Bestselling authors Cormac McCarthy, Walter Isaacson, the late Nora Ephron, and Jennifer Egan are among the many authors represented by ICM Partners, whose book sales are boosted by the adaptation of their work to film and television, all under the watchful eyes of agents Ron Bernstein, Josie Freedman, and Todd Hoffman, who helm ICM’s Media Rights group in Los Angeles.ICM was formed in 1975, and this year the agency underwent a management buyout and formed a partnership structured to bring control of the firm to its agents and executives. Renamed ICM Partners, it is one of the most significant talent and literary agencies in the world. ICM Partners had 99 books on the New York Times bestseller list last year.
Not only does it represent hundreds of book authors, but the New York Times, New York magazine, and the Atlantic magazine as well. Among ICM’s most successful film releases have been Cormac McCarthy’s The Road and No Country for Old Men; Daniel Handler’s Lemony Snicket’s Series of Unfortunate Events; and Candace Bushnell’s Sex and the City. Two of its most anticipated book to film releases are Doris Kearns Goodwin’s Lincoln, directed by Stephen Spielberg for DreamWorks and releasing in November; and Walter Isaacson’s Steve Jobs, currently in pre-production with Sony Pictures Entertainment.
“That was an extremely complicated deal,” said Bernstein, who has been with ICM for 12 years and previously worked in New York publishing. “The fear was that the book would wind up on the Internet before it got into the marketplace. Chapters were sent to my apartment, and I was told not to bring them into my office.” The book was cloaked in so much secrecy that when ICM showed it to producer Mark Gordon and Michael Lynton at Sony, they had to read the manuscript in the ICM office. “They were not even allowed to make notes,” Bernstein recalled. “We made this deal very quietly, but that kind of secrecy is rare.”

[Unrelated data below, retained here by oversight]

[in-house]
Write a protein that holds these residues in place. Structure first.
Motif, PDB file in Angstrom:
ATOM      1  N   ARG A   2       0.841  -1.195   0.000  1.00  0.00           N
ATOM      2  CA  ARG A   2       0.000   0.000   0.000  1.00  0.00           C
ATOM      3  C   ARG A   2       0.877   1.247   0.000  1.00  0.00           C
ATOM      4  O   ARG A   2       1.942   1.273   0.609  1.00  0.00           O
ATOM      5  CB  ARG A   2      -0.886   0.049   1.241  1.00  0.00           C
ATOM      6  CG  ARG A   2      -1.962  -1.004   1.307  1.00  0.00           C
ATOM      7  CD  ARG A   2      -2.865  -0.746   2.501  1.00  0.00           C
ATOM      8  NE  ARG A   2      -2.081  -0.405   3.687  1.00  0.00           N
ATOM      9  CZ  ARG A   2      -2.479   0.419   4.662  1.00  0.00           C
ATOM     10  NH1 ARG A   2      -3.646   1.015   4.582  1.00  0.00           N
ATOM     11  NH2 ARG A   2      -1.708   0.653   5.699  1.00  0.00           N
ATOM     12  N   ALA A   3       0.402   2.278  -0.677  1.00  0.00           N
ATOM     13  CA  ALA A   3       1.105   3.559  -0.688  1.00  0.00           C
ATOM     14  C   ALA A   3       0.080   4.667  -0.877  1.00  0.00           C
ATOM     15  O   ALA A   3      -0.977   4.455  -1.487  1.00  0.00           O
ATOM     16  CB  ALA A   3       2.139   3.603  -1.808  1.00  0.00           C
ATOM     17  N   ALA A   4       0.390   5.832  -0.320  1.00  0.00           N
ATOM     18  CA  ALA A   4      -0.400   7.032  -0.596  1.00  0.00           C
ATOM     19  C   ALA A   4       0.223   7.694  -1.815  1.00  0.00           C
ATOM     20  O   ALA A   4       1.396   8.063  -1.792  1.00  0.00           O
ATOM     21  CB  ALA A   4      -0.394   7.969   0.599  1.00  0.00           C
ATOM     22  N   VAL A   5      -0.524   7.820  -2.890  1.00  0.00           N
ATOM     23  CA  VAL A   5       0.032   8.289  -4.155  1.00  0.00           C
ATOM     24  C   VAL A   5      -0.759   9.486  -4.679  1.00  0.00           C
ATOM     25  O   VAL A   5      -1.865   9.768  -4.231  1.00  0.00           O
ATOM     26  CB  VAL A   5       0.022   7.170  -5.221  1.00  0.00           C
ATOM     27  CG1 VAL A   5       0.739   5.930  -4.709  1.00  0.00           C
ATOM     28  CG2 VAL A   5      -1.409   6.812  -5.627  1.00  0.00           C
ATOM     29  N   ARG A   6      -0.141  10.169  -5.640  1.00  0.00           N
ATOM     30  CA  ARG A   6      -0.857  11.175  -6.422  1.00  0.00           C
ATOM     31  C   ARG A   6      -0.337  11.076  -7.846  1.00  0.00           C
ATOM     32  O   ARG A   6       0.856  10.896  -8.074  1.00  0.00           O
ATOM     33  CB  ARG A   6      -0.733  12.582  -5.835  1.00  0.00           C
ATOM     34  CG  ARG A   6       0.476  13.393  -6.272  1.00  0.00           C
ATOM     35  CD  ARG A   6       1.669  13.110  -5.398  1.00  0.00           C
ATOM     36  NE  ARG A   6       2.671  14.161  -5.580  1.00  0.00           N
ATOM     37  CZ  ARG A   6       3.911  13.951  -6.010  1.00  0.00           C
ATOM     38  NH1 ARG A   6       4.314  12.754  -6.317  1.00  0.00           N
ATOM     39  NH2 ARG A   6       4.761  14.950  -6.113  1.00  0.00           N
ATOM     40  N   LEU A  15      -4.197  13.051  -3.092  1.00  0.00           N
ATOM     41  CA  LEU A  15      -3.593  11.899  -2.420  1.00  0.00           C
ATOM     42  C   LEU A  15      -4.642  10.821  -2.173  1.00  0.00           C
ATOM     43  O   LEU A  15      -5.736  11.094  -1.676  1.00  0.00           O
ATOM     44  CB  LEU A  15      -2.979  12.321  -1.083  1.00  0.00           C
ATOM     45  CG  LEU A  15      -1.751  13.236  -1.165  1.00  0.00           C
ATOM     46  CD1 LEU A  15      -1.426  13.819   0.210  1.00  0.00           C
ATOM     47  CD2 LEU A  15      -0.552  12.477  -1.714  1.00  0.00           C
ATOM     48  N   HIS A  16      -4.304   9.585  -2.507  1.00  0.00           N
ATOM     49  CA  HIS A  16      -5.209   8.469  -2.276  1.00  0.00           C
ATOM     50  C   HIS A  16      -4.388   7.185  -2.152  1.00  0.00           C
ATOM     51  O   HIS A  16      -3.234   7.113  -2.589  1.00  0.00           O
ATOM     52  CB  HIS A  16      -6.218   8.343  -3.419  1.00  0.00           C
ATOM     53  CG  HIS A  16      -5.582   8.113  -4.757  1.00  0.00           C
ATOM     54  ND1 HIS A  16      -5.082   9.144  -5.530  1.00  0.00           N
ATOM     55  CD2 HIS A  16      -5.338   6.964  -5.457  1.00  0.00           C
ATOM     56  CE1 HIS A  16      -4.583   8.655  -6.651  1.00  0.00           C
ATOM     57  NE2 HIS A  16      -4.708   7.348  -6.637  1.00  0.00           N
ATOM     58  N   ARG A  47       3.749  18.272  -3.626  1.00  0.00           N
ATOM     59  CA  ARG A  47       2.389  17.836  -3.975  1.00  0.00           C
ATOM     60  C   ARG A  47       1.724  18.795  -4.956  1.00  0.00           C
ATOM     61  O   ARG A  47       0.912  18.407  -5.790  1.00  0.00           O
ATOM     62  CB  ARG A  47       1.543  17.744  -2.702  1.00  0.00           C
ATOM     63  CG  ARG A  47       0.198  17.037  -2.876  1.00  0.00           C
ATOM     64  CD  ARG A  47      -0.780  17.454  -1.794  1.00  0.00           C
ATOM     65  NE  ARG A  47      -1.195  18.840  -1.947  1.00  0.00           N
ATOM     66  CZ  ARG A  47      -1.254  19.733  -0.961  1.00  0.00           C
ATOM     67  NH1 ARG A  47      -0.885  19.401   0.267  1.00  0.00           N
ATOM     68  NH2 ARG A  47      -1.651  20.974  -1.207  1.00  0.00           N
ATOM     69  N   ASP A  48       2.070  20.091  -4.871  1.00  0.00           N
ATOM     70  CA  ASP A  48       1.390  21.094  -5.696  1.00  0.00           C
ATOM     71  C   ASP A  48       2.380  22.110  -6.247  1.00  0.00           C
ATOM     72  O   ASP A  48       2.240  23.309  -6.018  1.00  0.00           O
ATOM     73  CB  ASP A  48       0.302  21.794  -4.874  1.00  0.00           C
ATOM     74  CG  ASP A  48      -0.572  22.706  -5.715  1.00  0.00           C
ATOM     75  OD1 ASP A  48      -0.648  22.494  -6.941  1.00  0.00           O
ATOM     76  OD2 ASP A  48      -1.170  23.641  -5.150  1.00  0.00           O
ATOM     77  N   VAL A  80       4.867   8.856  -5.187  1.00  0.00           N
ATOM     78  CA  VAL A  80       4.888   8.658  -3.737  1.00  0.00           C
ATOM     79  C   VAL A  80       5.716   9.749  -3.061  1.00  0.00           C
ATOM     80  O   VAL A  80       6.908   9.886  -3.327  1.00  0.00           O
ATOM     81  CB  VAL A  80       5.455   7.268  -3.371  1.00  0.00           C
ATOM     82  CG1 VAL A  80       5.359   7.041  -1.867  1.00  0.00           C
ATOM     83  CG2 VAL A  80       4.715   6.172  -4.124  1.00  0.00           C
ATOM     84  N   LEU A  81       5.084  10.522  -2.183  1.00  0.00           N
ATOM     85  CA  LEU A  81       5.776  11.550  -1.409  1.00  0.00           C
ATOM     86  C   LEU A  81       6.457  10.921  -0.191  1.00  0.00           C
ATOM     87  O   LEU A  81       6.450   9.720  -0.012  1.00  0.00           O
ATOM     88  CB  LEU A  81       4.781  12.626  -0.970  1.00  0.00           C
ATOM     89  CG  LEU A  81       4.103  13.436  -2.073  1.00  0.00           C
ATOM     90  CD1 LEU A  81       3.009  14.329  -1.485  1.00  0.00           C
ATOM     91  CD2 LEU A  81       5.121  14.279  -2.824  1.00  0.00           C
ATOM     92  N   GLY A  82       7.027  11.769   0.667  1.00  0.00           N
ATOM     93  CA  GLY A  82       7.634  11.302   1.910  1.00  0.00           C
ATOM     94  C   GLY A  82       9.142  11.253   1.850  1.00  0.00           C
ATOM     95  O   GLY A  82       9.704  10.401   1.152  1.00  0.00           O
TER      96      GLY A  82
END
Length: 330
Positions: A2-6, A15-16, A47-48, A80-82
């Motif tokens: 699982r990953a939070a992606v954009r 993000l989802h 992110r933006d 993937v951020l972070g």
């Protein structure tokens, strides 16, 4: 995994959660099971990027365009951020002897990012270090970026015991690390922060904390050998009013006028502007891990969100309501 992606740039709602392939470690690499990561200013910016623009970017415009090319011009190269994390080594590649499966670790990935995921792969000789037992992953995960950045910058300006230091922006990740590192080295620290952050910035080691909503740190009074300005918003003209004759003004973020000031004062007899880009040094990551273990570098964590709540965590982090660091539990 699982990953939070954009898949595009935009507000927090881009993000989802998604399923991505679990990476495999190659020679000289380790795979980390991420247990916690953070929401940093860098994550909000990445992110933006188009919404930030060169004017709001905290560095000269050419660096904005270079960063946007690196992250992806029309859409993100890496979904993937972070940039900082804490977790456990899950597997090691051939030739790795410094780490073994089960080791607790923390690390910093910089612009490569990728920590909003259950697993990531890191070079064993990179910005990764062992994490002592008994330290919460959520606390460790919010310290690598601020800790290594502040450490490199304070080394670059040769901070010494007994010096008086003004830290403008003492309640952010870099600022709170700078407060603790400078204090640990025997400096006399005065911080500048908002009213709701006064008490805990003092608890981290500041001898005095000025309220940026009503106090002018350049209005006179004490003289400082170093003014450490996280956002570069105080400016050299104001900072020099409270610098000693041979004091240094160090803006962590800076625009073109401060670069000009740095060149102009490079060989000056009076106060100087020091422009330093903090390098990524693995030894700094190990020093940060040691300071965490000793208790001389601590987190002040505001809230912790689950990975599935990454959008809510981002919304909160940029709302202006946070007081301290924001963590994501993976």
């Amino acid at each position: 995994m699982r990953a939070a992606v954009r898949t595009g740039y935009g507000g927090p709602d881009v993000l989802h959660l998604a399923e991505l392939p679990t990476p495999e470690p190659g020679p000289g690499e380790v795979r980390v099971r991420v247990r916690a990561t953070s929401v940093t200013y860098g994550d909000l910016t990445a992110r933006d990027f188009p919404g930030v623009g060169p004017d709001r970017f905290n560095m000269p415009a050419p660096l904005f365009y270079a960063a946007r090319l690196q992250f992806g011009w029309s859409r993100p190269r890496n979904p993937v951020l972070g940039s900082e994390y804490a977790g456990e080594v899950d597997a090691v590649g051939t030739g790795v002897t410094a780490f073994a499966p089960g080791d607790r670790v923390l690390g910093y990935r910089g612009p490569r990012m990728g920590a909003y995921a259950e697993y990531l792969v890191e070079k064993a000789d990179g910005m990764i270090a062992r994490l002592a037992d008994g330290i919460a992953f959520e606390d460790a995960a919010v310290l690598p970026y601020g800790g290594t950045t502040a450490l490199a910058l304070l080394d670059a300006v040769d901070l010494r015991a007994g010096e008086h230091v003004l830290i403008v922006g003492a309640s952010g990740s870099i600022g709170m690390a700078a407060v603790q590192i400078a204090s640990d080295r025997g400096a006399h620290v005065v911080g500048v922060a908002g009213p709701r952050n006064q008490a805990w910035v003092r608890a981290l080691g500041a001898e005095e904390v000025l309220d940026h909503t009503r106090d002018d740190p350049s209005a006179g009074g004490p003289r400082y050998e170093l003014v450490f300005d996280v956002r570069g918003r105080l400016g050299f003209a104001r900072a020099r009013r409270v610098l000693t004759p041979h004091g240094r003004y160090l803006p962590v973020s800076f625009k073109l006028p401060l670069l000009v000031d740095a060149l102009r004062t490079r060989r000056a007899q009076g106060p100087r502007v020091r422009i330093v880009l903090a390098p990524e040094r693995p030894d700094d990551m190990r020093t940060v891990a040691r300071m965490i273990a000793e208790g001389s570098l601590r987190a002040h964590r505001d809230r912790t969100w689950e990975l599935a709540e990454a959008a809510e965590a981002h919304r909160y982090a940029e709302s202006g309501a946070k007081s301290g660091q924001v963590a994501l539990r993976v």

With hundreds of authors in its literary stable it’s hard to define what ICM’s Media Rights team looks for in a story. For Hoffman, who worked in independent film producing before joining ICM 12 years ago, there are two things. “We look to see what current trends are in the marketplace, and if we read something we represent that meets those trends, we’ll figure out the best way to get it sold and get it made,” he said. “We’re also looking to fall in love with pieces even if they might not be the most commercial. If it’s something that’s just extraordinary we’ll find a way to get it made even if it’s slightly out of the box.” Hoffman is in charge of the magazine and newspaper division of the Media Rights group. “We sold the New York Times article ‘For Kodachrome Fans, Road Ends at Photo Lab in Kansas,’ by journalist A. G. Sulzberger, to Twentieth Century Fox.” Another Times article Hoffman sold, to Summit Entertainment, is “Deepwater Horizon’s Final Hours,” by Matthew Sand.
Books land in the Media Rights office from ICM’s Publications division in New York, where Esther Newberg, Sloan Harris, and Amanda Urban are among the agents selling authors’ work to publishers. The books then transition to ICM’s Los Angeles office and are read by the Media Rights trio, who scoff at the idea that they might utilize freelance readers to help lighten their load—they don’t. “Believe me,” Freedman said, laughing, “we read.” ICM handles many children’s book authors, from Dr. Seuss and E.B. White to Orson Scott Card, whose Ender’s Game is now in production at Summit.
The agency seems to have an eye for trailblazers. Patricia Cornwell was the first to write about forensic science in mysteries, and several authors have followed her lead since Postmortem came out in 1990. “And when Jennifer Egan wrote that last chapter [of Welcome To the Goon Squad] with the PowerPoint presentation, that too has changed the way literature is approached,” says Bernstein. “Our authors often change the road writers go down. We represent people who influence culture.”—Wendy Werris